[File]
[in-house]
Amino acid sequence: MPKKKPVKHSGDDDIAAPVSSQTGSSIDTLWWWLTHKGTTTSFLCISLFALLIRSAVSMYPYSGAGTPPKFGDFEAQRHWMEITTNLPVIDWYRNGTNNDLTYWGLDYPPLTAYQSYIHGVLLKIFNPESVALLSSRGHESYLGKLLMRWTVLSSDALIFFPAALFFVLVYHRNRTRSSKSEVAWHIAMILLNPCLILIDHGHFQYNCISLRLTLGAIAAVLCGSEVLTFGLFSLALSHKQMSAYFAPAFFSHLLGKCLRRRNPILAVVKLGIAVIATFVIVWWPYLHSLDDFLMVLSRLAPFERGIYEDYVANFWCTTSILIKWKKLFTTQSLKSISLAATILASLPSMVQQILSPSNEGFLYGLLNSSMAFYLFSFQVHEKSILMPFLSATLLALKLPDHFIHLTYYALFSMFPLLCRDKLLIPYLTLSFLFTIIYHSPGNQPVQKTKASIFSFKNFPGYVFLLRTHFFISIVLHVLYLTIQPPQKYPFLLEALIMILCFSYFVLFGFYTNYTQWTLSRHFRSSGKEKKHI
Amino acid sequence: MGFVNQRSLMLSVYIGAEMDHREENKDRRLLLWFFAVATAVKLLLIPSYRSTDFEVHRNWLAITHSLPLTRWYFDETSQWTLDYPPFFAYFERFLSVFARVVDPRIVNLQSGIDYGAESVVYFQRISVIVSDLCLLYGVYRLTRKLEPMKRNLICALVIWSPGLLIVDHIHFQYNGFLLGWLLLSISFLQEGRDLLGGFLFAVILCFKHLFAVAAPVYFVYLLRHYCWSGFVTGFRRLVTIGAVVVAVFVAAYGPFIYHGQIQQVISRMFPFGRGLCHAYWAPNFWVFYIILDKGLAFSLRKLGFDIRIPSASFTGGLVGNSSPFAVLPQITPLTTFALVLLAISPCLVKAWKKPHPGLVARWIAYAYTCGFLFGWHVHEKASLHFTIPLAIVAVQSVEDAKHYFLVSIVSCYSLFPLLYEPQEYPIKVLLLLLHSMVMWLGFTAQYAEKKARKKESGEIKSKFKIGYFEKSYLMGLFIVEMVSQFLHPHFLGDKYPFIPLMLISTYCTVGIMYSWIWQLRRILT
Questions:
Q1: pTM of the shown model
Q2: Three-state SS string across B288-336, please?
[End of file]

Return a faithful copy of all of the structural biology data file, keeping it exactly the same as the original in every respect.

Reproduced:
[in-house]
Amino acid sequence: MPKKKPVKHSGDDDIAAPVSSQTGSSIDTLWWWLTHKGTTTSFLCISLFALLIRSAVSMYPYSGAGTPPKFGDFEAQRHWMEITTNLPVIDWYRNGTNNDLTYWGLDYPPLTAYQSYIHGVLLKIFNPESVALLSSRGHESYLGKLLMRWTVLSSDALIFFPAALFFVLVYHRNRTRSSKSEVAWHIAMILLNPCLILIDHGHFQYNCISLRLTLGAIAAVLCGSEVLTFGLFSLALSHKQMSAYFAPAFFSHLLGKCLRRRNPILAVVKLGIAVIATFVIVWWPYLHSLDDFLMVLSRLAPFERGIYEDYVANFWCTTSILIKWKKLFTTQSLKSISLAATILASLPSMVQQILSPSNEGFLYGLLNSSMAFYLFSFQVHEKSILMPFLSATLLALKLPDHFIHLTYYALFSMFPLLCRDKLLIPYLTLSFLFTIIYHSPGNQPVQKTKASIFSFKNFPGYVFLLRTHFFISIVLHVLYLTIQPPQKYPFLLEALIMILCFSYFVLFGFYTNYTQWTLSRHFRSSGKEKKHI
Amino acid sequence: MGFVNQRSLMLSVYIGAEMDHREENKDRRLLLWFFAVATAVKLLLIPSYRSTDFEVHRNWLAITHSLPLTRWYFDETSQWTLDYPPFFAYFERFLSVFARVVDPRIVNLQSGIDYGAESVVYFQRISVIVSDLCLLYGVYRLTRKLEPMKRNLICALVIWSPGLLIVDHIHFQYNGFLLGWLLLSISFLQEGRDLLGGFLFAVILCFKHLFAVAAPVYFVYLLRHYCWSGFVTGFRRLVTIGAVVVAVFVAAYGPFIYHGQIQQVISRMFPFGRGLCHAYWAPNFWVFYIILDKGLAFSLRKLGFDIRIPSASFTGGLVGNSSPFAVLPQITPLTTFALVLLAISPCLVKAWKKPHPGLVARWIAYAYTCGFLFGWHVHEKASLHFTIPLAIVAVQSVEDAKHYFLVSIVSCYSLFPLLYEPQEYPIKVLLLLLHSMVMWLGFTAQYAEKKARKKESGEIKSKFKIGYFEKSYLMGLFIVEMVSQFLHPHFLGDKYPFIPLMLISTYCTVGIMYSWIWQLRRILT
Questions:
Q1: pTM of the shown model
Q2: Three-state SS string across B288-336, please?